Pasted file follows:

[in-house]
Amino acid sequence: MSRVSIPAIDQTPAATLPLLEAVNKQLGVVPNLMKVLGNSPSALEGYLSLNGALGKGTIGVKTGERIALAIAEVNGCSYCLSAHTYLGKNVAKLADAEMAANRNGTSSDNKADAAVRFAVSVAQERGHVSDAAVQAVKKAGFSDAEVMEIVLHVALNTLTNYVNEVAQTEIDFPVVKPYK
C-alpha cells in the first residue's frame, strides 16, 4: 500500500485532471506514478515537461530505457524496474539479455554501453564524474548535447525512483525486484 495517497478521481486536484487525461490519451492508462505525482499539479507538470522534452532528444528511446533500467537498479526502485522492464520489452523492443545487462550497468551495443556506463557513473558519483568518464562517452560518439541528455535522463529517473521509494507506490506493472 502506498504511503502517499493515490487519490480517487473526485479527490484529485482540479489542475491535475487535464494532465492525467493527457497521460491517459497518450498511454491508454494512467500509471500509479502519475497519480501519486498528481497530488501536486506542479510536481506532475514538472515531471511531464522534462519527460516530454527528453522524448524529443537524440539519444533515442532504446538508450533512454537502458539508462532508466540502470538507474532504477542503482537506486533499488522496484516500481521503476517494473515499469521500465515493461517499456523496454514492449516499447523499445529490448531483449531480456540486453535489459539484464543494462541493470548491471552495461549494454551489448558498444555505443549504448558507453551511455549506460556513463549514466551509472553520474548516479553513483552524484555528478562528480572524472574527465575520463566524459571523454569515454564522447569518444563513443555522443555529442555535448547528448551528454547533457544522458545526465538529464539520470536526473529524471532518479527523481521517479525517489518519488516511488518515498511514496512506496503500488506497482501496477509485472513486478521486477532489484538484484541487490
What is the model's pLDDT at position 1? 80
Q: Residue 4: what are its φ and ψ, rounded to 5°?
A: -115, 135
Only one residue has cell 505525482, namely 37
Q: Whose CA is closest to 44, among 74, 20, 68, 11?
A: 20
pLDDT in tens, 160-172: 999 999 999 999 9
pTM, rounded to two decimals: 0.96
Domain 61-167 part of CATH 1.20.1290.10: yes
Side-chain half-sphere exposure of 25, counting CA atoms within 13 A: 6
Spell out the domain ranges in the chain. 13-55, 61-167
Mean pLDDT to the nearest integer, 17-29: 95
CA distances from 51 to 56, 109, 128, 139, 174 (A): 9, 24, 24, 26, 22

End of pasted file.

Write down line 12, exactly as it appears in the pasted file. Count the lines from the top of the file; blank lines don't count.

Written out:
Domain 61-167 part of CATH 1.20.1290.10: yes